Establishing the US-Mexican border was accomplished in two stages. The first stage was when the City helped the Mexicans achieve their independence from Spain in 1821 by having the Americans and English give them a helping hand. The Mexican-American War of 1846 was the second stage. That’s when Lionel, Head of Mayer’s dynasty in the City, decided to get the US Congress to send an expedition of US troops to Mexico. It was a simple plan. Congress would send US troops to occupy Mexico City in order to force Mexico to relinquish its claims with regards to Texas and other parts of the south. The troops would remain there until the Mexicans cried uncle and signed the Treaty of Guadalupe Hidalgo.
The treaty called for the U.S. to pay $15 million to Mexico and to pay off the claims of American citizens against Mexico up to $3.25 million. It gave the United States the Rio Grande as a boundary for Texas, and gave the U.S. ownership of California and a large area comprising roughly half of New Mexico, most of Arizona, Nevada, and Utah, and parts of Wyoming and Colorado. Mexicans in those annexed areas were ordered to be removed from their homeland unless they declared loyalty to the US government. Over 90% chose to pledge loyalty in exchange for not losing their homes.
The border keeping the French Catholics, the English Loyalists, and the many disgruntled natives north of the 49th parallel, was defined by the Oregon Treaty of 1846. After drawing a straight line along the 49th parallel in the north, and another along the Rio Grande extending to the Pacific Ocean in the south, the Manifest Destiny concept had become a reality. America was now a predominantly white, English-speaking and Protestant country from coast to coast, with Canada to the north and Mexico to the south. Getting the Spanish speaking population on American soil to choose US citizenship instead of being sent south of the border and losing their property was a no-brainer, and as for the recalcitrant natives they were forcefully relocated on reserves.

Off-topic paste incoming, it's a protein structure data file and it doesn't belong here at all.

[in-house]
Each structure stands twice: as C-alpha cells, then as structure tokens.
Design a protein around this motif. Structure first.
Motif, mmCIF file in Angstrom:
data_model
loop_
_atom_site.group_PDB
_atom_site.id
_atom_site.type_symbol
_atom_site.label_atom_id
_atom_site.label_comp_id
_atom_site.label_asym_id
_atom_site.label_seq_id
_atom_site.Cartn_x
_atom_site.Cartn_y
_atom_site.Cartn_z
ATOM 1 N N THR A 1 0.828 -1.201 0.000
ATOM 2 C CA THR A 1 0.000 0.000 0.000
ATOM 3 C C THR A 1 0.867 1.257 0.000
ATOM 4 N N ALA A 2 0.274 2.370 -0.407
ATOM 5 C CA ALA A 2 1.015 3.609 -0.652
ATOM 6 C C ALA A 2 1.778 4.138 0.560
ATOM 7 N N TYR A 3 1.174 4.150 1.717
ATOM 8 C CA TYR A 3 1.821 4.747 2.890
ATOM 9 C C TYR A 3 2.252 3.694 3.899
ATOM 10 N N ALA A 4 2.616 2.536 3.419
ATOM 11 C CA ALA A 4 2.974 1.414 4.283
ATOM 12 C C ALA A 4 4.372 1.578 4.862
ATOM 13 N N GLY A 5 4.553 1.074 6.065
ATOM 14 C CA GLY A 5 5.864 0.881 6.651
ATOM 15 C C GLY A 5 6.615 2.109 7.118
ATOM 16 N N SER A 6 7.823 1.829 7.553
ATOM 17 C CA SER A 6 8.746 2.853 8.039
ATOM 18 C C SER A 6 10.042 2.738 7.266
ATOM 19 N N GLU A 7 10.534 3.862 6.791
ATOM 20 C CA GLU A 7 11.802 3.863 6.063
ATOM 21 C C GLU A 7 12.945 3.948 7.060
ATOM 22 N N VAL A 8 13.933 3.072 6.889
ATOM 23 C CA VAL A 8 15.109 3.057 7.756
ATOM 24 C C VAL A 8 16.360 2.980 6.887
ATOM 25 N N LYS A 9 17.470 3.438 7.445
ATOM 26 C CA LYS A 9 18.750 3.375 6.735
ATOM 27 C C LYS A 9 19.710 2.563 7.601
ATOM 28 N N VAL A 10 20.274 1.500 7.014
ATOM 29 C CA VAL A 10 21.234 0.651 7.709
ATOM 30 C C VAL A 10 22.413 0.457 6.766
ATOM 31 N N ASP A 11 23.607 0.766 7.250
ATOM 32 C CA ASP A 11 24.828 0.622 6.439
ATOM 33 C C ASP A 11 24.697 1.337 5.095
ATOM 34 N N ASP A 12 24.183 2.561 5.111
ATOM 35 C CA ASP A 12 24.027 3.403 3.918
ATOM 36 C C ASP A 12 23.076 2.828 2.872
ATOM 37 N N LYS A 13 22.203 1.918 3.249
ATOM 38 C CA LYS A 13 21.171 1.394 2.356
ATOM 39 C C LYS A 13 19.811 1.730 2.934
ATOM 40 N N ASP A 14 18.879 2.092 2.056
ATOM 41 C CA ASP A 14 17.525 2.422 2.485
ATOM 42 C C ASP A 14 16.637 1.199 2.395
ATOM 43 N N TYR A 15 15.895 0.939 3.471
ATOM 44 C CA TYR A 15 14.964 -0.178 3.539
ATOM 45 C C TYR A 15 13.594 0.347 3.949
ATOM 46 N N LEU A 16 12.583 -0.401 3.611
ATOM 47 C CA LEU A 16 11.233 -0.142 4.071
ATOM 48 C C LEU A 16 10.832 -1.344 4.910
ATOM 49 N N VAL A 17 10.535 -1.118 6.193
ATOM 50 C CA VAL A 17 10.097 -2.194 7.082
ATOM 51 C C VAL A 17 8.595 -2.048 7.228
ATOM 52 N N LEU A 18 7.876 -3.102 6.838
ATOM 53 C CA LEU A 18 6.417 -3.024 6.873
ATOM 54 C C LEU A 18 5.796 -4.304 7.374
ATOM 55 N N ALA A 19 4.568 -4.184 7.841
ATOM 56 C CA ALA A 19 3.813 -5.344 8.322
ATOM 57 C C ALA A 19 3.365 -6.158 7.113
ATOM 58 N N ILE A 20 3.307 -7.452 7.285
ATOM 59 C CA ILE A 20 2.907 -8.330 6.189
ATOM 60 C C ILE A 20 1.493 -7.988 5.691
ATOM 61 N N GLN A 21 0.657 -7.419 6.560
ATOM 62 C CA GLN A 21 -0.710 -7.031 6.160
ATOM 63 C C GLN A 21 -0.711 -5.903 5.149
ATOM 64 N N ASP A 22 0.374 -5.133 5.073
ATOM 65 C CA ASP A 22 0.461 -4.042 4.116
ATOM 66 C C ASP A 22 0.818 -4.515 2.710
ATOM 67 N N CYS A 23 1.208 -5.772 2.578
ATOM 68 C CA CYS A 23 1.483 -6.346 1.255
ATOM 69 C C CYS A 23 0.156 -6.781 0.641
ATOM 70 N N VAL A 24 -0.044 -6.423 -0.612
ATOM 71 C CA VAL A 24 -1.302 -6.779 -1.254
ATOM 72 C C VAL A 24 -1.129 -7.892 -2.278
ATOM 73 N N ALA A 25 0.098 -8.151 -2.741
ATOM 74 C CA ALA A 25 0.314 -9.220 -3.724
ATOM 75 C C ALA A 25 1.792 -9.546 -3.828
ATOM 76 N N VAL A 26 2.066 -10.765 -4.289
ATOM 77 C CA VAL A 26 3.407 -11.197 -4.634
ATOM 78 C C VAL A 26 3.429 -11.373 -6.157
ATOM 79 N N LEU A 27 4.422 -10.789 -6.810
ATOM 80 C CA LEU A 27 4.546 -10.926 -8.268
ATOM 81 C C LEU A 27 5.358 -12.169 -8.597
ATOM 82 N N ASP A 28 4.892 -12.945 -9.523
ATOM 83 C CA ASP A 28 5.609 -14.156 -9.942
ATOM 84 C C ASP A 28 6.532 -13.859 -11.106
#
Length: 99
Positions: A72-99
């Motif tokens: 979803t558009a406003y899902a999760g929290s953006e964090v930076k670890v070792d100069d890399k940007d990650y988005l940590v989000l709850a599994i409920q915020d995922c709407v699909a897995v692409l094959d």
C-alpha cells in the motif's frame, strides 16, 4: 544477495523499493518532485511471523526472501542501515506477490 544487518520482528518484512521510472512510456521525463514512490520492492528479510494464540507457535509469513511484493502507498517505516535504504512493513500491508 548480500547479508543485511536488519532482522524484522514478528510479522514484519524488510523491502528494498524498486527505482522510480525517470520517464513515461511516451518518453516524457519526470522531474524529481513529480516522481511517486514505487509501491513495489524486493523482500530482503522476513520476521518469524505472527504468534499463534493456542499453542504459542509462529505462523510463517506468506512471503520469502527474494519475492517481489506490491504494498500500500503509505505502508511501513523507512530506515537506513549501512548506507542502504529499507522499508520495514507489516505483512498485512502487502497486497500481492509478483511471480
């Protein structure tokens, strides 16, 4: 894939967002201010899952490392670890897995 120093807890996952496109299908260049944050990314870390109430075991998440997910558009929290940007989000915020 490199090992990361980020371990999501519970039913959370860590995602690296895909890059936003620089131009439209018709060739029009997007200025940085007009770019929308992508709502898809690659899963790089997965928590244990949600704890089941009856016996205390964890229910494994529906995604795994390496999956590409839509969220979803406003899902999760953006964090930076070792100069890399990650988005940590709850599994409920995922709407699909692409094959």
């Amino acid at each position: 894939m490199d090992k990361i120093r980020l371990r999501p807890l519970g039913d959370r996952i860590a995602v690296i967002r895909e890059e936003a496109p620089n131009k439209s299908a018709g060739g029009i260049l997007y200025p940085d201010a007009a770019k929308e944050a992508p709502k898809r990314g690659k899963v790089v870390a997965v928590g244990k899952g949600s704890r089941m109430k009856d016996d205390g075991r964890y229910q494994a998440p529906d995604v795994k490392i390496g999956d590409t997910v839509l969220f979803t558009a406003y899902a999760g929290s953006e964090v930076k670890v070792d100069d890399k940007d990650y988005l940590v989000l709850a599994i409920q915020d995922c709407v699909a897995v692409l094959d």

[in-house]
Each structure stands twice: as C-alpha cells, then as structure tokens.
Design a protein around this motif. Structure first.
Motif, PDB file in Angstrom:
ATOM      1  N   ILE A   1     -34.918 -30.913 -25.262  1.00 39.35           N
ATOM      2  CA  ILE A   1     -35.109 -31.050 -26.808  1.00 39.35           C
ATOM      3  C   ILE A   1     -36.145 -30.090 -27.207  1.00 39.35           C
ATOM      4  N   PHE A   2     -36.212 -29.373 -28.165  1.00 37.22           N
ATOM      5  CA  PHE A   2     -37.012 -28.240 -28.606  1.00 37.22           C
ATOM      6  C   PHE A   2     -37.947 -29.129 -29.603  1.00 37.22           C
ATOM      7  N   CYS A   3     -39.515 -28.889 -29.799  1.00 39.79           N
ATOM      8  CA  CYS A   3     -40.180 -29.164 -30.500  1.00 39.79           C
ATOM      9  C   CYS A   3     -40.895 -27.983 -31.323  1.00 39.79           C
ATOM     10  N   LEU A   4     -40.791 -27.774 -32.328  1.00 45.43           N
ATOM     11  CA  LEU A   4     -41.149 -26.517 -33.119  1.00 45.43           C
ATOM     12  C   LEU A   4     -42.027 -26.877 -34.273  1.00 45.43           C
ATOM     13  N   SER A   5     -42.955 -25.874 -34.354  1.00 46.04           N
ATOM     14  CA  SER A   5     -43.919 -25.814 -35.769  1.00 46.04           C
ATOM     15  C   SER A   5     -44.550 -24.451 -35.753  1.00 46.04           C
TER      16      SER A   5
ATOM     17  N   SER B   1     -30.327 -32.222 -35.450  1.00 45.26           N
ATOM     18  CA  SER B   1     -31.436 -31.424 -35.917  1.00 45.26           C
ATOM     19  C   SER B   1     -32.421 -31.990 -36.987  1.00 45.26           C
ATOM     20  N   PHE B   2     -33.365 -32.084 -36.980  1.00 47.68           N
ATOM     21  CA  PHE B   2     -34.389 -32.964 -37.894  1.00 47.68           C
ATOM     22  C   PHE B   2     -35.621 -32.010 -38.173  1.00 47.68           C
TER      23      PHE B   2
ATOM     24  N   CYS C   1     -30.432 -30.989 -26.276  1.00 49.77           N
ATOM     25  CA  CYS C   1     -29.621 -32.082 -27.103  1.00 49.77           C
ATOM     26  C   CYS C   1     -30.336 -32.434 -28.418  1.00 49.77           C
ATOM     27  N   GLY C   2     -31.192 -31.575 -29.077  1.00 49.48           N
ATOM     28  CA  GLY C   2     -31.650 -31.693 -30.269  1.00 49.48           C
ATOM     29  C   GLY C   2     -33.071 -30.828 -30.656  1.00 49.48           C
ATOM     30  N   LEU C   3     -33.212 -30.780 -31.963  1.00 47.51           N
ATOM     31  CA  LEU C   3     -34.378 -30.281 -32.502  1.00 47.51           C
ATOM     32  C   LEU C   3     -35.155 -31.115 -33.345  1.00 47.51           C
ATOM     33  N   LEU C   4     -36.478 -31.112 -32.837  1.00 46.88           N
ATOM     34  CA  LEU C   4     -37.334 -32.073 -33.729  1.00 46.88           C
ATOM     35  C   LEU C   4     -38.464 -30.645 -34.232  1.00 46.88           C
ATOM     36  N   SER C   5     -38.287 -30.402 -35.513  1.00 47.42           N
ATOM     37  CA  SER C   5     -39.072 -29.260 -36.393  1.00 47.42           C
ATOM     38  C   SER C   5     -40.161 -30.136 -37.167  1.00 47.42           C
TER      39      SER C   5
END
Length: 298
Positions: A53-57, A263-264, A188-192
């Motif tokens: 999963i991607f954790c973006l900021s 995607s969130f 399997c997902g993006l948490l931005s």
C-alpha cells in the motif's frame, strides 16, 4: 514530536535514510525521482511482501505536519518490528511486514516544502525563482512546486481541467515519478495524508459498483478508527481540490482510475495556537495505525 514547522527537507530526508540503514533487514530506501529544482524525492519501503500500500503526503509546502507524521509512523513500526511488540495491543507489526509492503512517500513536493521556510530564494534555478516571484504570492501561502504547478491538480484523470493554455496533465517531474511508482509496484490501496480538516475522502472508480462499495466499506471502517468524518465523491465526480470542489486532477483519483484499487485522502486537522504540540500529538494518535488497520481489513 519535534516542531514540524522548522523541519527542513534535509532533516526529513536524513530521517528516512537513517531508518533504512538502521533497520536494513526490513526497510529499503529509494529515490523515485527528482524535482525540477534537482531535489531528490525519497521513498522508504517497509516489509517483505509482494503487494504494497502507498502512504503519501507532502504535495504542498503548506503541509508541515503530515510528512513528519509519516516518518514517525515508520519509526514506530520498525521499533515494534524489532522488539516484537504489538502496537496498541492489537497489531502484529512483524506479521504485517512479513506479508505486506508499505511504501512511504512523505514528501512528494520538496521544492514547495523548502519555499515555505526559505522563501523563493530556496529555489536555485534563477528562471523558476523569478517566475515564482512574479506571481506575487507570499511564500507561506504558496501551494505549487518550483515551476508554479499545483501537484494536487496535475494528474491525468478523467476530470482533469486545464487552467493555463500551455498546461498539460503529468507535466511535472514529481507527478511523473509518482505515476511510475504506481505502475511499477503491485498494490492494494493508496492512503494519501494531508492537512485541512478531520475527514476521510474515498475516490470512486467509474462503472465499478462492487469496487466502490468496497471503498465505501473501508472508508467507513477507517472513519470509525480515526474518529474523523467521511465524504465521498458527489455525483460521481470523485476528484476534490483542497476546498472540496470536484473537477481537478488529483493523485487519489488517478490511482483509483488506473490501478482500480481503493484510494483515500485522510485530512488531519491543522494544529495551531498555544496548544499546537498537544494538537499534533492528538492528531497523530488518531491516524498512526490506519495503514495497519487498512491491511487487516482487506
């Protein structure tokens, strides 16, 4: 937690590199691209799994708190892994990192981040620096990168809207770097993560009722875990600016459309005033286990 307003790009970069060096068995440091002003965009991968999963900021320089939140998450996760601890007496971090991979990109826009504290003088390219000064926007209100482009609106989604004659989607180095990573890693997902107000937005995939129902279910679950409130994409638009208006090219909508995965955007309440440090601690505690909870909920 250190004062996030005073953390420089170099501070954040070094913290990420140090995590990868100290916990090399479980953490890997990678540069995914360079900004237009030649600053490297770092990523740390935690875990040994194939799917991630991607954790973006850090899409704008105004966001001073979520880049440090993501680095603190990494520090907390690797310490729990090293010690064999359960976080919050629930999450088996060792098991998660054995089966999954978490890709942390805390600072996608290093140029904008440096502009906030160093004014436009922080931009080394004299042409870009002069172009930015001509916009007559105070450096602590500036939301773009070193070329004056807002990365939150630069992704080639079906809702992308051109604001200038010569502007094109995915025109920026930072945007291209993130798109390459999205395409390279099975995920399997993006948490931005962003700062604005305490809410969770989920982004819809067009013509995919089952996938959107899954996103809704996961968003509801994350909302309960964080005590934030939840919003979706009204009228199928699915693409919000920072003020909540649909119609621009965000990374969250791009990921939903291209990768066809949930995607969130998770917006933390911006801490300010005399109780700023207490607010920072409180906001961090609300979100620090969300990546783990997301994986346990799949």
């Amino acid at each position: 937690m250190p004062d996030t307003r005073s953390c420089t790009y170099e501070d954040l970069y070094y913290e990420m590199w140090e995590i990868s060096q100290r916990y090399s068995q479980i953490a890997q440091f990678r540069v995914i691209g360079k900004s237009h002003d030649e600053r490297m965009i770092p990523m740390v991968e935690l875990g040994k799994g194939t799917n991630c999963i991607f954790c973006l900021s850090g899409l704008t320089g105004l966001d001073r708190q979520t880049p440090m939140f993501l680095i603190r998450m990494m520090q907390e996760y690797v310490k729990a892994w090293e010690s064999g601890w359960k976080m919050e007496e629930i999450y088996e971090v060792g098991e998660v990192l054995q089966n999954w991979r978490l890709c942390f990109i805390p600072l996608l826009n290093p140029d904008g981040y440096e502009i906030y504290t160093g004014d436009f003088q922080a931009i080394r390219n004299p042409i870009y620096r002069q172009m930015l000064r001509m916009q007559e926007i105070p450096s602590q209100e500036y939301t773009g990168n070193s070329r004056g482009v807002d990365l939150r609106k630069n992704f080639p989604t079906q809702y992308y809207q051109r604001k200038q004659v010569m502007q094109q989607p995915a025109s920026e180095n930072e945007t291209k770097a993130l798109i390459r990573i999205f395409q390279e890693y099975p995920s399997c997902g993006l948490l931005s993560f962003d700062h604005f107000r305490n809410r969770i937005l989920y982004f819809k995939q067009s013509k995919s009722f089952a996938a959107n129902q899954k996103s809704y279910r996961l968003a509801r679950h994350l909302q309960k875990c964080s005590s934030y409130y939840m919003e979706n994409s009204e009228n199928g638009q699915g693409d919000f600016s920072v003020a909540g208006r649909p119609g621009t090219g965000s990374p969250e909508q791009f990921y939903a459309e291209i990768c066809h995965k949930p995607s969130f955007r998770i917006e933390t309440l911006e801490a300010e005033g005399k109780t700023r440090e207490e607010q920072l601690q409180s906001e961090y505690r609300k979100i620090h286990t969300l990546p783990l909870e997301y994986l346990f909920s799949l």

In America, the first locomotive was built in 1830, but transportation remained limited to steam boats, canals, rudimentary roads and short rail systems east of the Mississippi. The Oregon Trail had become a very primitive way to go west after the Louisiana Purchase, but that didn’t favor California. Now that the Spanish-Mexicans were gone, Lionel in the City found the ideal way to populate California with ‘Americans’. He had been waiting for this moment to start a gold rush. He had known there was gold in California, and since the telegraph had been clicking away throughout America and Europe since 1844, it was just a matter of letting everybody know there was a lot of gold waiting to be picked up off the ground in California. Some 300 000 individuals moved in, easily displacing, when not massacring, the native populations, and overwhelming the Spanish speaking population. California went straight into statehood. As a bonus, close to 4000t of gold was produced, bought up, and stockpiled in the City’s vaults.